I’ve been watching the first season of Fleabag, which has been hilarious and, surprisingly, somewhat triggering for me. Most of the time I find myself laughing my arse off, but in those scenes where it becomes clear that everyone is just horrible and all of their relationships are toxic, I just end up getting super triggered. It reminds me of all the relationships in my mother’s side of the family. It makes me cringe and scream inside.
Currently, Mr. Robot is the best thing on television. It’s Fight Club meets Trainspotting meets … I don’t know what. It’s good, it’s really very good.
The world itself is just one big hoax. Spamming each other with our commentary bullshit masquerading as insight. Our social media faking us into intimacy, or is that we voted for this? Not with our rigged elections, but with our things, our property, our money. I’m not saying anything new, we all know why we do this. Not because Hunger Games books makes us happy, but because we want to be sedated. Because it’s painful not to pretend, because we’re cowards. Fuck Society.
I watched the Justified finale yesterday and was once again amazed at how this show has fascinated and entertained me for all these seasons. The cast of characters is so rich and even the smaller roles are well written and all but the very smallest characters get some serious time in the sun.
In the first season, Raylan, a federal marshal, is transferred from Miami, FL back to Harlan, KT after the fatal but justified shooting of a suspect. The primary reason is for him to take down a notorious criminal and his one-time friend, Boyd Crowder. Their acquaintance started before Raylan became a marshal, because “Boyd and I dug coal together,” he says in the pilot episode.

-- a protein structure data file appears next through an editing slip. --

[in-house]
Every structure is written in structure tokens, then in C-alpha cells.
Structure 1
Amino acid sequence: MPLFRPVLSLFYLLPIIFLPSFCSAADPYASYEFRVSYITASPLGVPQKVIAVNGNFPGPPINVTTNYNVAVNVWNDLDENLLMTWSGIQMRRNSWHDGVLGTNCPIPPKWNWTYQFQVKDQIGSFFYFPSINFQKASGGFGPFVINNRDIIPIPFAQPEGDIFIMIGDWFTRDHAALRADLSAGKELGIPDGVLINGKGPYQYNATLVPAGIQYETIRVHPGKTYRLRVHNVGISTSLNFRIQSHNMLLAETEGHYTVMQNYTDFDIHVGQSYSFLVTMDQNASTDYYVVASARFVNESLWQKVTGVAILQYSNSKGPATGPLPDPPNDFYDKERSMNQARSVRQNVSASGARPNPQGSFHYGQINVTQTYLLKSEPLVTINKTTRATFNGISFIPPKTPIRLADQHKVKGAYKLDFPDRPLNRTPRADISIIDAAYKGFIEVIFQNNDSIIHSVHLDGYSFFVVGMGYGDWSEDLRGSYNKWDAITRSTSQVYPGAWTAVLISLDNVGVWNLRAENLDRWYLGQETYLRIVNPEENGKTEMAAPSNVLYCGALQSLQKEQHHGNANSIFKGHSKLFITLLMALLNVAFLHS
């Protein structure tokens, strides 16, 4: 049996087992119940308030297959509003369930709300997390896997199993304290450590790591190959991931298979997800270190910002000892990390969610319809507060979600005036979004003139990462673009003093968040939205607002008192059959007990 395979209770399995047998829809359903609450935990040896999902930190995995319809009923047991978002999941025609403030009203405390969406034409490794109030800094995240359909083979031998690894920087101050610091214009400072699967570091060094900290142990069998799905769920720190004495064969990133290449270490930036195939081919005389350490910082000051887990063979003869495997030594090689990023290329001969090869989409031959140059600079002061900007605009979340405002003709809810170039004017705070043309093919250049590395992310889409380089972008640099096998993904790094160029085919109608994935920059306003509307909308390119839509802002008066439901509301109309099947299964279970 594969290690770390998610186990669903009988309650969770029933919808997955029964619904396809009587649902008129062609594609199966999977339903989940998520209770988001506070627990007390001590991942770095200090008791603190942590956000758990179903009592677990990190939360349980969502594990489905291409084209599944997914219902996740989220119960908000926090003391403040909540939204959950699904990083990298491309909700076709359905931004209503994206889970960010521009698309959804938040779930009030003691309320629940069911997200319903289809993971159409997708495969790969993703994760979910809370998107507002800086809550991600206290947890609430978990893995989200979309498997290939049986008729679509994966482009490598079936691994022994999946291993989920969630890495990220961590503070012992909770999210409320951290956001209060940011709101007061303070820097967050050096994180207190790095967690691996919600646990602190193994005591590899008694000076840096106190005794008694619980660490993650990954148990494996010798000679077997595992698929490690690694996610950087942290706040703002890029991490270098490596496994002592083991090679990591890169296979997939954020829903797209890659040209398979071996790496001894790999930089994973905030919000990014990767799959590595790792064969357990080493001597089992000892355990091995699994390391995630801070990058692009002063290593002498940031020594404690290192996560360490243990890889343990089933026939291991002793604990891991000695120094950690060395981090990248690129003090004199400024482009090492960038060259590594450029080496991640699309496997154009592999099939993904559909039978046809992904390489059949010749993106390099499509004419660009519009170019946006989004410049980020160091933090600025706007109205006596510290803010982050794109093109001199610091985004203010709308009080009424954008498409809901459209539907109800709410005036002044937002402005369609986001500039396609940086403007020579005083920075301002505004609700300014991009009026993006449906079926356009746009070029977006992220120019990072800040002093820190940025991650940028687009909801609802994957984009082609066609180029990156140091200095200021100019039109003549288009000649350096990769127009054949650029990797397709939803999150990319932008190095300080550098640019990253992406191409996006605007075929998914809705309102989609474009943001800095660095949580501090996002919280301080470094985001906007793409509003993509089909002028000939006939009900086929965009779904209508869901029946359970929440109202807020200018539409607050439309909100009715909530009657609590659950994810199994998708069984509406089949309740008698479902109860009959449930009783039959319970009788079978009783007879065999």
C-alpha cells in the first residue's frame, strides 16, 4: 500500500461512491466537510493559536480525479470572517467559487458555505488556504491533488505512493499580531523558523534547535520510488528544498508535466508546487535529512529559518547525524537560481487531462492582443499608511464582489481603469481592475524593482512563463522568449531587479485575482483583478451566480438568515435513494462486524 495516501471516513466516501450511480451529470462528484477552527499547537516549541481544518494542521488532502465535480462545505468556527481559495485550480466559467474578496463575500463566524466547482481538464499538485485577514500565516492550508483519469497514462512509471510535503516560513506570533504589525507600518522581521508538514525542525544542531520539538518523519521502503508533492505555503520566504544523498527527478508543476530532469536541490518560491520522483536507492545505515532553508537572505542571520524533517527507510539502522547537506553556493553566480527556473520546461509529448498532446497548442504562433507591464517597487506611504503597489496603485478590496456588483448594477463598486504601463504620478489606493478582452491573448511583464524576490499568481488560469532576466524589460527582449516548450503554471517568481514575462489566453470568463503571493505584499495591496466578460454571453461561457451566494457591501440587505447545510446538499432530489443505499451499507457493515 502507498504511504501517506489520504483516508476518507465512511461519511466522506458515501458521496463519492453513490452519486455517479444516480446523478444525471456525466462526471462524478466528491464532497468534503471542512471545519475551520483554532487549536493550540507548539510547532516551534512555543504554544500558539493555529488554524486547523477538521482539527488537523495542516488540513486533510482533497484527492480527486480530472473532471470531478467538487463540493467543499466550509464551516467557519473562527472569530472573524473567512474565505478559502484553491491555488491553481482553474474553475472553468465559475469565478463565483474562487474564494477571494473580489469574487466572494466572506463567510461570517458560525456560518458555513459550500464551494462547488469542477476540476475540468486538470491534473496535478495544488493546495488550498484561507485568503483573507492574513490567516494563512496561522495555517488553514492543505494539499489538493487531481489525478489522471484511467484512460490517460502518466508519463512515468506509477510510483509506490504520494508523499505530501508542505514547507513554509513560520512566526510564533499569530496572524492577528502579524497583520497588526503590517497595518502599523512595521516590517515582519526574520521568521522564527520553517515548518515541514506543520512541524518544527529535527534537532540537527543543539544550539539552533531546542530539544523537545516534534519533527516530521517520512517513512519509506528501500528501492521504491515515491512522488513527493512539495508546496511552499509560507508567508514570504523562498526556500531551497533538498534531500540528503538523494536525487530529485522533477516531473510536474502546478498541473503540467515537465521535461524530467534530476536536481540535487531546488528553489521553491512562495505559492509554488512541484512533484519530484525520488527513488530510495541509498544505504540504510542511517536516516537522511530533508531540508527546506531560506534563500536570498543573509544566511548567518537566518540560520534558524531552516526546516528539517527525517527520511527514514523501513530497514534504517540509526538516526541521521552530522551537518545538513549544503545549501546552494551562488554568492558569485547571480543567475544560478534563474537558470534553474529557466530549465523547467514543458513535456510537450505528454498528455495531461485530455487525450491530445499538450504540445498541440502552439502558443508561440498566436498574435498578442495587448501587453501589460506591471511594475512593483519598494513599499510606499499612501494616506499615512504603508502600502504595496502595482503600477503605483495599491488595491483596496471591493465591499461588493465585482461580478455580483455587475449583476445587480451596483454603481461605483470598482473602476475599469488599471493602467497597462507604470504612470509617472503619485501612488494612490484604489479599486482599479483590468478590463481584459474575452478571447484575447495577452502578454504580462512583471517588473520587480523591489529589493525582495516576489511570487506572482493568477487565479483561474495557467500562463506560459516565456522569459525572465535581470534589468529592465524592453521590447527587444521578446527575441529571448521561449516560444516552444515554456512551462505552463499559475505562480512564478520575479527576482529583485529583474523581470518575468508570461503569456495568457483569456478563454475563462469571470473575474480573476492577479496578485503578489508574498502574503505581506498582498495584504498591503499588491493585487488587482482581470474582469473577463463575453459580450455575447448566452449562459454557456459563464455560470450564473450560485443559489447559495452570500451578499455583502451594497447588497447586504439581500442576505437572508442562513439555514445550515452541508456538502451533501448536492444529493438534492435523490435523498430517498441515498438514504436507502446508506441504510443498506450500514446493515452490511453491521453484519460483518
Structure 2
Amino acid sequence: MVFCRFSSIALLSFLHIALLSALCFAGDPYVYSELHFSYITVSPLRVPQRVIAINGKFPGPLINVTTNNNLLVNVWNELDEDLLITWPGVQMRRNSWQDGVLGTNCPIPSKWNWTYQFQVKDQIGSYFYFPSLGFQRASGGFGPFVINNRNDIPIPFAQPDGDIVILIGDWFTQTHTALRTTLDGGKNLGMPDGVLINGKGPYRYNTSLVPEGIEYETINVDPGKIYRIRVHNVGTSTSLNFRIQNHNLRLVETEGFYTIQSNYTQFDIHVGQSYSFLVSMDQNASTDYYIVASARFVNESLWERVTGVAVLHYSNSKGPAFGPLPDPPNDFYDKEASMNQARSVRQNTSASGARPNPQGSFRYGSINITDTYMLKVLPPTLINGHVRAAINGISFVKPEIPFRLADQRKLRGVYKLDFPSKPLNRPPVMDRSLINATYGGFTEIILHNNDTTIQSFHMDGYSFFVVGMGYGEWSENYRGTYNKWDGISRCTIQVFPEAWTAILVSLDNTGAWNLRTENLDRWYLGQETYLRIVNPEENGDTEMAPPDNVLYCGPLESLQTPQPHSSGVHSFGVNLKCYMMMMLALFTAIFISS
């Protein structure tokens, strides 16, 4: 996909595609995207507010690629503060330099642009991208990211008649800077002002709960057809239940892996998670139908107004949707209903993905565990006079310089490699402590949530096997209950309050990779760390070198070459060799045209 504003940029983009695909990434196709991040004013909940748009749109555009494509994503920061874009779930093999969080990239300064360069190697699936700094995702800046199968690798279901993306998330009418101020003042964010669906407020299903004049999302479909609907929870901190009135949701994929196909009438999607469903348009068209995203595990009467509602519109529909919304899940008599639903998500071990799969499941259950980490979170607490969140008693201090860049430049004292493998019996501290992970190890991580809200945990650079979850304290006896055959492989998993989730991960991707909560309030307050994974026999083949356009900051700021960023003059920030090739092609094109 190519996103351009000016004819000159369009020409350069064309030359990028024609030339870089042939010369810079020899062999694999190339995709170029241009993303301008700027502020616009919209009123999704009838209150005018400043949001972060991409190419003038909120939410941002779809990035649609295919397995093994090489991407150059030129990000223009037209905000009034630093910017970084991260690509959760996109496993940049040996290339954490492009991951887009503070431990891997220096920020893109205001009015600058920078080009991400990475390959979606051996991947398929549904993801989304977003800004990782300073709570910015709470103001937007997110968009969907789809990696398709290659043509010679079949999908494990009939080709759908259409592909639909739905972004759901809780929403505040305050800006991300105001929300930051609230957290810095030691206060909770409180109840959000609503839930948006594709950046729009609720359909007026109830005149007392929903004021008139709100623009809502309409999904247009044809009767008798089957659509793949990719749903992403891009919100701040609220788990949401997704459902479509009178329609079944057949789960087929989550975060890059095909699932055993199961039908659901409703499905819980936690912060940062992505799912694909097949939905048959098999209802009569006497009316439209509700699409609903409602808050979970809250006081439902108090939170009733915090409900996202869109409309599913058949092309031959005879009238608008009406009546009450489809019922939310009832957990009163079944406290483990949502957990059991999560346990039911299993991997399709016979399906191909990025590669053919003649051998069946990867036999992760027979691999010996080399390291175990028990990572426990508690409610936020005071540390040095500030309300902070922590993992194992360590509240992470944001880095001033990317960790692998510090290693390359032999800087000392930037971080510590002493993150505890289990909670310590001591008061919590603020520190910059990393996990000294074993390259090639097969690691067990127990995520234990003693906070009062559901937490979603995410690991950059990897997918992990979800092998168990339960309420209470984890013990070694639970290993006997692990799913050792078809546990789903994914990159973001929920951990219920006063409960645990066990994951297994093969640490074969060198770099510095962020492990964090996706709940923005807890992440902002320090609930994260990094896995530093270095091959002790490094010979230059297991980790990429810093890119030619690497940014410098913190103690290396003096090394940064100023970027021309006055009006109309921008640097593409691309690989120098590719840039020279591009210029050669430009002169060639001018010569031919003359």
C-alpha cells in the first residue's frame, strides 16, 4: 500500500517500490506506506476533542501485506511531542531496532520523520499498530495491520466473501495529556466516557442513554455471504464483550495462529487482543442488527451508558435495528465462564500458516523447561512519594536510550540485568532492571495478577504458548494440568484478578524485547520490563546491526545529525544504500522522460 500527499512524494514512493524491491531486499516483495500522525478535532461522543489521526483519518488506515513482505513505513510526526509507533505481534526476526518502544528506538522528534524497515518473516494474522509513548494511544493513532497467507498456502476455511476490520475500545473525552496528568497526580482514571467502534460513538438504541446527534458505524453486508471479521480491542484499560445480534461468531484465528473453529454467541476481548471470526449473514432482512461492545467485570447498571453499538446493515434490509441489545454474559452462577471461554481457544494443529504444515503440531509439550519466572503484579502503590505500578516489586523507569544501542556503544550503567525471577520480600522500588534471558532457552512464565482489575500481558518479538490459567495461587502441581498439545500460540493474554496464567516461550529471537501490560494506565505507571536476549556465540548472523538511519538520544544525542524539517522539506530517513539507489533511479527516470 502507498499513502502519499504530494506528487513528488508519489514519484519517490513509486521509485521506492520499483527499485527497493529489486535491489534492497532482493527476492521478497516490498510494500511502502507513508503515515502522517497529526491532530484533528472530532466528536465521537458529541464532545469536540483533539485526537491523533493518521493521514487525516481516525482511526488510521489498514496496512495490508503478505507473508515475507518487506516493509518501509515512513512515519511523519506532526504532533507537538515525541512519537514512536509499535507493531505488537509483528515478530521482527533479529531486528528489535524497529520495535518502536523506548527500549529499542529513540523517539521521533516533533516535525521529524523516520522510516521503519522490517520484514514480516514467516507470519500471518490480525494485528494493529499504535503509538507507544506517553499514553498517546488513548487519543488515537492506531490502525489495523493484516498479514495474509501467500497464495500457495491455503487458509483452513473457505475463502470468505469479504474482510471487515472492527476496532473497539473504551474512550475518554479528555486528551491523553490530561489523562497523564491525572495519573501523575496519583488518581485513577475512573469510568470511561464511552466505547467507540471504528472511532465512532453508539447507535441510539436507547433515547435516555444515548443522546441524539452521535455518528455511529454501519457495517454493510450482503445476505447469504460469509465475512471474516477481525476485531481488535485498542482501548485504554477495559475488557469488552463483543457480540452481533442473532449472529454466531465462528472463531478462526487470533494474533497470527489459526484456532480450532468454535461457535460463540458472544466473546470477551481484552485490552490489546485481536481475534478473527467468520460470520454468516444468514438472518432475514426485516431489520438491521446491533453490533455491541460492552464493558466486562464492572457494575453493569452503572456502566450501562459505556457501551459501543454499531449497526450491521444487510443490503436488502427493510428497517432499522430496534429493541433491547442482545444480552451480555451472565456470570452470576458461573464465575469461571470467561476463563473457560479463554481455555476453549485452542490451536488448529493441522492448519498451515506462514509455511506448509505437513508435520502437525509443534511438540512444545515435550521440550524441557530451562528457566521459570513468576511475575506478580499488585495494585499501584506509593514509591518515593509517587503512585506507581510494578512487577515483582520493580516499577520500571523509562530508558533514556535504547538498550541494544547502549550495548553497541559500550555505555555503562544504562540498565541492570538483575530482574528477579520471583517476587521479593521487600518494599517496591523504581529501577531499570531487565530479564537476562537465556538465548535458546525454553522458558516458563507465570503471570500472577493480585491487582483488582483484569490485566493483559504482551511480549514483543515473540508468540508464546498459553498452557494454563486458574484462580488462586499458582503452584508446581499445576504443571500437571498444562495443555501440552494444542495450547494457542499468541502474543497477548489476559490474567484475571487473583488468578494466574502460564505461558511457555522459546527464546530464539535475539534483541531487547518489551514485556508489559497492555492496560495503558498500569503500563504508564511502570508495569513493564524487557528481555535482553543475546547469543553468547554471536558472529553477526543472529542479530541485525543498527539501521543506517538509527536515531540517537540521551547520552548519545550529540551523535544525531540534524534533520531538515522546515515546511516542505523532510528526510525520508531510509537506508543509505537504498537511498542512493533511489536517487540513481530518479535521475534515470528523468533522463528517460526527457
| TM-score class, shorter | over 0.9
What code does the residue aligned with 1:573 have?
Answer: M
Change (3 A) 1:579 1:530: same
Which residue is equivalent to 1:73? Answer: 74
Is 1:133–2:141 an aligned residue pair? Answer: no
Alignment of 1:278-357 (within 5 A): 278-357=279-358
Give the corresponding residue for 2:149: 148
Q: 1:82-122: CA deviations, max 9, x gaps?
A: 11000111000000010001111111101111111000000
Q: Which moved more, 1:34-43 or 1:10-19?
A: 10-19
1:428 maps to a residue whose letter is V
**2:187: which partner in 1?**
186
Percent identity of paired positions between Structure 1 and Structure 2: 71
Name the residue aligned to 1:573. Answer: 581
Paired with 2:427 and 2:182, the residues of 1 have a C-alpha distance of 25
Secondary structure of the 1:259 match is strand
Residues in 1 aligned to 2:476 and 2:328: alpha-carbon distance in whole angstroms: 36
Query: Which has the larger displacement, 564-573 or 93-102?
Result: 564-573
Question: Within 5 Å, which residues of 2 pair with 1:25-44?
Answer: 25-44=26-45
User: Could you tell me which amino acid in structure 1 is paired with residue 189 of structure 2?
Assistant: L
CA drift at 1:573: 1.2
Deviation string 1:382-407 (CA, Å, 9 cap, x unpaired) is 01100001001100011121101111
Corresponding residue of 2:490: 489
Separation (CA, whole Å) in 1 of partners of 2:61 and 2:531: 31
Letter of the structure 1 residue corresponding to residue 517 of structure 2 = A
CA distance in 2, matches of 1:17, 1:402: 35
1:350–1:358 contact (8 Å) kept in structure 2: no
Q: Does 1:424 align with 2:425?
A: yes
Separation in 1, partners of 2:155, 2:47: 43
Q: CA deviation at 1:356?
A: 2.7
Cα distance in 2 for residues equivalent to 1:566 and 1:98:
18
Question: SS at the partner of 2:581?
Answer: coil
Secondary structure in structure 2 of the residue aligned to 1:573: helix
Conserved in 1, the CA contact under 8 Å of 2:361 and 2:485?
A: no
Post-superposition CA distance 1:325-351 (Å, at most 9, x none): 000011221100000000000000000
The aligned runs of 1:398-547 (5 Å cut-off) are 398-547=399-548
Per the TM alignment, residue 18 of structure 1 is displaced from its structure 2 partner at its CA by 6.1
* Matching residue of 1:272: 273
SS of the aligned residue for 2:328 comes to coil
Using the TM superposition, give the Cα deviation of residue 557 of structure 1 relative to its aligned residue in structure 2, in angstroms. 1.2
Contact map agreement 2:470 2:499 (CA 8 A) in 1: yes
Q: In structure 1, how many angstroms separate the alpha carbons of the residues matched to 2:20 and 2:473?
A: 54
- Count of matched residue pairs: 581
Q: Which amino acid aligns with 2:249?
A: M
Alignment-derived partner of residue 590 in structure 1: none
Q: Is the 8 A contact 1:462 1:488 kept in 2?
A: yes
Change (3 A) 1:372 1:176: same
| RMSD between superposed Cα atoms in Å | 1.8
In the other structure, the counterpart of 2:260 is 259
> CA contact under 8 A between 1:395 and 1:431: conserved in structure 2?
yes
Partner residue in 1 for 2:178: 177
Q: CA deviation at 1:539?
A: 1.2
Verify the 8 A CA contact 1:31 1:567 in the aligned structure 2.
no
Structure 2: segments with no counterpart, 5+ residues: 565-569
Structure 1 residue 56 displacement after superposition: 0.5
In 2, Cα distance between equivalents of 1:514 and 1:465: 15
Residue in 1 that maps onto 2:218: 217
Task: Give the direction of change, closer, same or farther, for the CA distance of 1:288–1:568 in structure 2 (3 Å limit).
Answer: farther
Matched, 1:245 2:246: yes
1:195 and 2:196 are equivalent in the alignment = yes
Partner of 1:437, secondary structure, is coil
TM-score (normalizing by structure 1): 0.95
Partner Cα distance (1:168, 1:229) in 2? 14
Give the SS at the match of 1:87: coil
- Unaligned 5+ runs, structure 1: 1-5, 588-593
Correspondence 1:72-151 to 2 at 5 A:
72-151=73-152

After seasons of circling each other, Raylan finally puts Boyd in jail. Boyd swears vengeance on Raylan and his fiancé, Ava, who betrayed him. Ava flees the law and is found by Raylan many years later. He decides to not bring her in as it looks like she turned her life around and made a new beginning.
Knowing that Boyd will one day come looking for her, he decides to visit the jail where Boyd is locked up to spin a tale of Ava’s death. Divided by a pane of jailhouse glass, talking to each other through a phone, Boyd wonders aloud why after all these years Raylan came to tell this news to him in person.
“Well, I suppose if I allow myself to be sentimental, despite all that’s occurred, there is one thing I wander back to…” Raylan starts.
Boyd thinks he knows why. “Because we dug coal together.”
“That’s right,” Raylan says.
And so the show comes to a powerful, emotional though hillbilly end.
Arlene: LaFayette, thank god.
LaFayette: Unless y’all here to show me I goddamn won the lottery, get out mah face.
Holly: We need your help.
LaFayette: Hookah, I ain’t in the helping business no more, I’m in the fuck off while I smoke a blunt business, and business is about to pick way the fuck up.